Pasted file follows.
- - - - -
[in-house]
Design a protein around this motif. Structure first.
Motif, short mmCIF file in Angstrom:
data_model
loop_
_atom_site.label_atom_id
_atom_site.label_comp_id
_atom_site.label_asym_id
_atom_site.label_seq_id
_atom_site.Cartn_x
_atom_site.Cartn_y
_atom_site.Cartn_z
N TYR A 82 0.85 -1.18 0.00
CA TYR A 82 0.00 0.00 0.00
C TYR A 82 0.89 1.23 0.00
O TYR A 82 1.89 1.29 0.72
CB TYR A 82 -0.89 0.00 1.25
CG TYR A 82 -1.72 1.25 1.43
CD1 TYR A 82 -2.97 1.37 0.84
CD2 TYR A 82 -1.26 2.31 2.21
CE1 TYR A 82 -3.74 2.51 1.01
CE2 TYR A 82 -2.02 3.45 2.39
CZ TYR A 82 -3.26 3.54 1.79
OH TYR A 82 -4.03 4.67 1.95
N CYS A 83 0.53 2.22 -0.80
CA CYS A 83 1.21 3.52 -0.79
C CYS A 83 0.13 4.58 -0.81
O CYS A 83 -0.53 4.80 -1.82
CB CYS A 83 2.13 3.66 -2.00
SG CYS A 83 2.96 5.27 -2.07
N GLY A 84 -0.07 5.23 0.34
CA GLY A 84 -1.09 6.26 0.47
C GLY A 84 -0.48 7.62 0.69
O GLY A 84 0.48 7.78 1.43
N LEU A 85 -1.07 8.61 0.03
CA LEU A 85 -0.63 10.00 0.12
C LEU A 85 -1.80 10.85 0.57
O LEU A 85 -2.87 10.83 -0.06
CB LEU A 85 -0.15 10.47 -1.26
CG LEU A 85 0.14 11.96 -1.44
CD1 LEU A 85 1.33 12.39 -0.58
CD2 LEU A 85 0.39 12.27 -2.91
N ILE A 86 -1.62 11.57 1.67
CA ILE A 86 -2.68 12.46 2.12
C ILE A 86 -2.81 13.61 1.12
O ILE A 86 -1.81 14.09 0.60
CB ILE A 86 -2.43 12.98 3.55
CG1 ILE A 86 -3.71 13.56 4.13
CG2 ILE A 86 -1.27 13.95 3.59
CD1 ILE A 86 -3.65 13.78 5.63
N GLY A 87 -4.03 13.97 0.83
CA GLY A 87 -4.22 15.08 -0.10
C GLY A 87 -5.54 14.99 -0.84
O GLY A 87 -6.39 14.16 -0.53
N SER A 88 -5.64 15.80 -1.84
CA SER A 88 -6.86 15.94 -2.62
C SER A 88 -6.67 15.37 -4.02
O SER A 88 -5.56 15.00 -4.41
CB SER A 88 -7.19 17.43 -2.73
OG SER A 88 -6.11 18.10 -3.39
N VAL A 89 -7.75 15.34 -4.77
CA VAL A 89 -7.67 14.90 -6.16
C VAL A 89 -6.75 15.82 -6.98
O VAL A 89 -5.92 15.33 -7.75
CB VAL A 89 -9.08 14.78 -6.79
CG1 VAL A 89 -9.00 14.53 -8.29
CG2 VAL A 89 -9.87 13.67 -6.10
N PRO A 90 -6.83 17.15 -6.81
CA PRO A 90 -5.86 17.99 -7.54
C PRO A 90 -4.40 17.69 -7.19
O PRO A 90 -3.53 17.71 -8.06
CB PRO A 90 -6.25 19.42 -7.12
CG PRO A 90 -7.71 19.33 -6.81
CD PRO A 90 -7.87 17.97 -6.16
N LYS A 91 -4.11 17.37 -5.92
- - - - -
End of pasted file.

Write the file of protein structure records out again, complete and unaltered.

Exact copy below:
[in-house]
Design a protein around this motif. Structure first.
Motif, short mmCIF file in Angstrom:
data_model
loop_
_atom_site.label_atom_id
_atom_site.label_comp_id
_atom_site.label_asym_id
_atom_site.label_seq_id
_atom_site.Cartn_x
_atom_site.Cartn_y
_atom_site.Cartn_z
N TYR A 82 0.85 -1.18 0.00
CA TYR A 82 0.00 0.00 0.00
C TYR A 82 0.89 1.23 0.00
O TYR A 82 1.89 1.29 0.72
CB TYR A 82 -0.89 0.00 1.25
CG TYR A 82 -1.72 1.25 1.43
CD1 TYR A 82 -2.97 1.37 0.84
CD2 TYR A 82 -1.26 2.31 2.21
CE1 TYR A 82 -3.74 2.51 1.01
CE2 TYR A 82 -2.02 3.45 2.39
CZ TYR A 82 -3.26 3.54 1.79
OH TYR A 82 -4.03 4.67 1.95
N CYS A 83 0.53 2.22 -0.80
CA CYS A 83 1.21 3.52 -0.79
C CYS A 83 0.13 4.58 -0.81
O CYS A 83 -0.53 4.80 -1.82
CB CYS A 83 2.13 3.66 -2.00
SG CYS A 83 2.96 5.27 -2.07
N GLY A 84 -0.07 5.23 0.34
CA GLY A 84 -1.09 6.26 0.47
C GLY A 84 -0.48 7.62 0.69
O GLY A 84 0.48 7.78 1.43
N LEU A 85 -1.07 8.61 0.03
CA LEU A 85 -0.63 10.00 0.12
C LEU A 85 -1.80 10.85 0.57
O LEU A 85 -2.87 10.83 -0.06
CB LEU A 85 -0.15 10.47 -1.26
CG LEU A 85 0.14 11.96 -1.44
CD1 LEU A 85 1.33 12.39 -0.58
CD2 LEU A 85 0.39 12.27 -2.91
N ILE A 86 -1.62 11.57 1.67
CA ILE A 86 -2.68 12.46 2.12
C ILE A 86 -2.81 13.61 1.12
O ILE A 86 -1.81 14.09 0.60
CB ILE A 86 -2.43 12.98 3.55
CG1 ILE A 86 -3.71 13.56 4.13
CG2 ILE A 86 -1.27 13.95 3.59
CD1 ILE A 86 -3.65 13.78 5.63
N GLY A 87 -4.03 13.97 0.83
CA GLY A 87 -4.22 15.08 -0.10
C GLY A 87 -5.54 14.99 -0.84
O GLY A 87 -6.39 14.16 -0.53
N SER A 88 -5.64 15.80 -1.84
CA SER A 88 -6.86 15.94 -2.62
C SER A 88 -6.67 15.37 -4.02
O SER A 88 -5.56 15.00 -4.41
CB SER A 88 -7.19 17.43 -2.73
OG SER A 88 -6.11 18.10 -3.39
N VAL A 89 -7.75 15.34 -4.77
CA VAL A 89 -7.67 14.90 -6.16
C VAL A 89 -6.75 15.82 -6.98
O VAL A 89 -5.92 15.33 -7.75
CB VAL A 89 -9.08 14.78 -6.79
CG1 VAL A 89 -9.00 14.53 -8.29
CG2 VAL A 89 -9.87 13.67 -6.10
N PRO A 90 -6.83 17.15 -6.81
CA PRO A 90 -5.86 17.99 -7.54
C PRO A 90 -4.40 17.69 -7.19
O PRO A 90 -3.53 17.71 -8.06
CB PRO A 90 -6.25 19.42 -7.12
CG PRO A 90 -7.71 19.33 -6.81
CD PRO A 90 -7.87 17.97 -6.16
N LYS A 91 -4.11 17.37 -5.92